Friday, February 16, 2007

Take the conspiracy test

I've just completed a sophisticated on-line test published by the State Broadcasting Company that promises to establish 'How Conspiratorial Are You?'

I was stunned to discover that, in my case, the answer was 'A lot'

A companion article explains that this is the result of me being what is technically known as 'barking mad', plus what few friends I have, if any, are also out of their tits

However heavy a blow this may be it must be true as it was put together by a Dr and I therefore should check myself into a state run psychiatric facility as soon as possible.

My favourite questions from the test include...

  • For the most part, government serves the interests of a few organised groups, such as business, and isn't very concerned about the needs of people like myself.
  • It is difficult for people like myself to have much influence in public affairs.
  • Most politicians are sympathetic people and do a good job.

plus the usual stuff about JFK, Princess Diana, the Moon Landings and Space Aliens

There were, naturally, no questions about the existence and awesome global power of Al Qaeda or Russian government complicity in the Litvinenko poisoning because, as any sane person with lots of sane friends knows, they are not conspiracy theories.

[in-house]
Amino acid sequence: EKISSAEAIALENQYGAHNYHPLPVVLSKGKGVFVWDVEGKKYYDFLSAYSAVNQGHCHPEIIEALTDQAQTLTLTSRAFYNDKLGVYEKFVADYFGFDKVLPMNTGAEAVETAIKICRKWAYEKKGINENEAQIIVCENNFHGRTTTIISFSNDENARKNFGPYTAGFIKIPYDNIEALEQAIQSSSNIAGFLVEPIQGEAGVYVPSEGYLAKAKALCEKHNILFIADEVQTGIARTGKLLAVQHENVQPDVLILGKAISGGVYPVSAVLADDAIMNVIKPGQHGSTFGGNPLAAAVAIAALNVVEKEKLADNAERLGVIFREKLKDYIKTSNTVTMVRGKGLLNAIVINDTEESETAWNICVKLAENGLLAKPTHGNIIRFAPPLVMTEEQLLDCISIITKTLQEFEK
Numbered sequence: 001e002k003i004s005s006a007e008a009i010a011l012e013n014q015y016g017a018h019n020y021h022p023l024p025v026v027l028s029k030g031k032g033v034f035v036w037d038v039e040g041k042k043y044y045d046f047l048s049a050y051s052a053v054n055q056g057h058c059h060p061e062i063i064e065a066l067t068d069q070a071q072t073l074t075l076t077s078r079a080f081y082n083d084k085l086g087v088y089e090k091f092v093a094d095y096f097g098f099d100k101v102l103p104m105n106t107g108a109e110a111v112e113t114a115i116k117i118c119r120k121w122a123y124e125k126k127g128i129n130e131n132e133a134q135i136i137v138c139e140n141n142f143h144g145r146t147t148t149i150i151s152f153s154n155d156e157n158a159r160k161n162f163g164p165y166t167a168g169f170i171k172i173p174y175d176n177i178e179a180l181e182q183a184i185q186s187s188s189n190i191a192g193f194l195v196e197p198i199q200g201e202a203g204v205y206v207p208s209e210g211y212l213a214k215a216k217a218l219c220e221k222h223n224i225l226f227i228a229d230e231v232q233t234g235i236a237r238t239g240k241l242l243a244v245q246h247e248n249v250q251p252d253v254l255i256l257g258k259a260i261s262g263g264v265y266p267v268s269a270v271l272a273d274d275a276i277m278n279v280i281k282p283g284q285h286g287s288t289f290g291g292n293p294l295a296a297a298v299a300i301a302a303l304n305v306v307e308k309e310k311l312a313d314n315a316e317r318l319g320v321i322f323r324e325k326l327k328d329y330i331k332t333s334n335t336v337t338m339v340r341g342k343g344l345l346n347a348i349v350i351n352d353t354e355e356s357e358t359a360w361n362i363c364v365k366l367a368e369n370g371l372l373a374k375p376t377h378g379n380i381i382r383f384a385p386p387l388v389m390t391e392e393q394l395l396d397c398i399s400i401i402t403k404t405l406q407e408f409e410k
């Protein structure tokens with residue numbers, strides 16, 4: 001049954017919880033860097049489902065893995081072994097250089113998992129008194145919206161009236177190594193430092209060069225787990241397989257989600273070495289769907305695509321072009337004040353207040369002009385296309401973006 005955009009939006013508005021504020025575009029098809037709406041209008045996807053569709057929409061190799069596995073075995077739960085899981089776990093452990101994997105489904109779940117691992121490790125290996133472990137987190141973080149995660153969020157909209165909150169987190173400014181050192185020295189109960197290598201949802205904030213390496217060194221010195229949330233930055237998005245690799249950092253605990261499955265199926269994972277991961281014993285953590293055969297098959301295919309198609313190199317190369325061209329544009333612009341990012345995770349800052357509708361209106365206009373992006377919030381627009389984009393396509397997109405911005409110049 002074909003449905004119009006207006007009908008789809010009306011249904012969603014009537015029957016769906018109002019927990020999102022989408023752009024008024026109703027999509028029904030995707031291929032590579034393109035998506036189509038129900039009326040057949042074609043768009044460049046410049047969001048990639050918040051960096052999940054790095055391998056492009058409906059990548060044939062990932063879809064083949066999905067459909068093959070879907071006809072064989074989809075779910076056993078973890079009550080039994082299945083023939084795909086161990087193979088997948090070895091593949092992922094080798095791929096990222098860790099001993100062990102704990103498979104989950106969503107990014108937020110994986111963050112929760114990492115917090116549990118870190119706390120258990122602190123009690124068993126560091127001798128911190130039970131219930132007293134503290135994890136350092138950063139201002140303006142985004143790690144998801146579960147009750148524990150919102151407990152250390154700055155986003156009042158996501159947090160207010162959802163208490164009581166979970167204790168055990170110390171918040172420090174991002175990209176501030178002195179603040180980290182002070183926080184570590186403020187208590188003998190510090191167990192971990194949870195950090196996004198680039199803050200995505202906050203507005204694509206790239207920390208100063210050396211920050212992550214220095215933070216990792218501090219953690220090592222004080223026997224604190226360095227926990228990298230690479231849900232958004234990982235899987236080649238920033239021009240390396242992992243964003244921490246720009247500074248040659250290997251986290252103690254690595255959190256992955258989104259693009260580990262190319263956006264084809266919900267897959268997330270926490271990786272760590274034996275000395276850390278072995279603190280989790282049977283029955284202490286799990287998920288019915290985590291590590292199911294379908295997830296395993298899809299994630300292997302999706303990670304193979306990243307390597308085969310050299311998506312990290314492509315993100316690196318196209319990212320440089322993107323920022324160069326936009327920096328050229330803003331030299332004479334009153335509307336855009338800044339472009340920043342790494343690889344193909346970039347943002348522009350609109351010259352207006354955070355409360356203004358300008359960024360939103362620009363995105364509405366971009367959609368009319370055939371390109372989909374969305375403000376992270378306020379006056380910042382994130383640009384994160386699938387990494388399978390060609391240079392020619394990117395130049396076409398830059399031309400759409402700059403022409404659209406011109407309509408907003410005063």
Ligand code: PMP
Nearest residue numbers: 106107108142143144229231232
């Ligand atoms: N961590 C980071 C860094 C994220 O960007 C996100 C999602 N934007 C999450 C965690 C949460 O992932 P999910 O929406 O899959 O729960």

Anonymous said...

"Take the conspiracy test" as set by a child psychologist?

Tony said...

Biased people want to tell us that we are biased? How cute.

And to tell me that "You may also feel that your voice in terms of wider political decisions is rarely heard or acted upon" when I strongly agree to "It is difficult for people like myself to have much influence in public affairs.", that is just RocketScience™.

Alas, I suffer only a mild case of conspiratites, maybe because I don't know what happend to WTC and Pricess Di.


Your responses indicate that you have a medium level of belief in conspiracy theories. You may well be quite trusting of your close friends, partners, those you work with and others but sometimes cannot be sure of all of them all of the time. You may also feel that your voice in terms of wider political decisions is rarely heard or acted upon, perhaps because government and big business is more concerned with their own interests than with those of the average person.

Especially cute how they try to tie in the relation to my friends with my perception of the world. Just grand.

Tony said...

"We also hate gaps or inconsistencies in our knowledge. We want "closure" in our thinking and to believe that we live in a stable and predictable world, so we might seek out a simple account of a complex event.

As a rule people tend to accept supporting evidence at face value while subjecting contrary evidence to much more critical evaluation."

Hehe, one could make the argument that this is the reason we don't see anybody questioning the threat by Al Qaeda (or even its existance). Starting with questions "Why would they lie to us?" We would have to ask what are their motives, how do they benefit, etc.? So we rather take the simple account for granted that 19 hijackers with box-cutters caused the complex events we see today in Iraq and Afghanistan. Everybody has a "Please don't disturb me with facts" attitude and lives happily ever after with it. Fuck em.